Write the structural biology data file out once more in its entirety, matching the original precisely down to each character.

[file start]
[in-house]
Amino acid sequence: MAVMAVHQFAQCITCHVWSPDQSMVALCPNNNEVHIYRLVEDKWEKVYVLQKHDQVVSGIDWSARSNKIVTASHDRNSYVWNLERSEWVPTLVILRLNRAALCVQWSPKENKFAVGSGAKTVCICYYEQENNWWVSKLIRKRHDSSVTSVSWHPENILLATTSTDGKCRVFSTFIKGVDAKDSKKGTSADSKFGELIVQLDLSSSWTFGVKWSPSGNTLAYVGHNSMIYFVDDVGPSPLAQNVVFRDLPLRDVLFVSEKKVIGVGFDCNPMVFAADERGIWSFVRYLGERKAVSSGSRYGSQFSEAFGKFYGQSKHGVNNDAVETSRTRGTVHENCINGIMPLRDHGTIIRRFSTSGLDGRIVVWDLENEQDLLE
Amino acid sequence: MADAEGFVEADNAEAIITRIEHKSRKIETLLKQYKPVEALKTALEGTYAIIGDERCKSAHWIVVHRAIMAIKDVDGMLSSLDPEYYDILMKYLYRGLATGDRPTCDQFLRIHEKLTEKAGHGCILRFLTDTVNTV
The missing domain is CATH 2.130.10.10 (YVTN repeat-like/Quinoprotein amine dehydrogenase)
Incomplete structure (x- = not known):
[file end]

[in-house]
Amino acid sequence: MAVMAVHQFAQCITCHVWSPDQSMVALCPNNNEVHIYRLVEDKWEKVYVLQKHDQVVSGIDWSARSNKIVTASHDRNSYVWNLERSEWVPTLVILRLNRAALCVQWSPKENKFAVGSGAKTVCICYYEQENNWWVSKLIRKRHDSSVTSVSWHPENILLATTSTDGKCRVFSTFIKGVDAKDSKKGTSADSKFGELIVQLDLSSSWTFGVKWSPSGNTLAYVGHNSMIYFVDDVGPSPLAQNVVFRDLPLRDVLFVSEKKVIGVGFDCNPMVFAADERGIWSFVRYLGERKAVSSGSRYGSQFSEAFGKFYGQSKHGVNNDAVETSRTRGTVHENCINGIMPLRDHGTIIRRFSTSGLDGRIVVWDLENEQDLLE
Amino acid sequence: MADAEGFVEADNAEAIITRIEHKSRKIETLLKQYKPVEALKTALEGTYAIIGDERCKSAHWIVVHRAIMAIKDVDGMLSSLDPEYYDILMKYLYRGLATGDRPTCDQFLRIHEKLTEKAGHGCILRFLTDTVNTV
The missing domain is CATH 2.130.10.10 (YVTN repeat-like/Quinoprotein amine dehydrogenase)
Incomplete structure (x- = not known):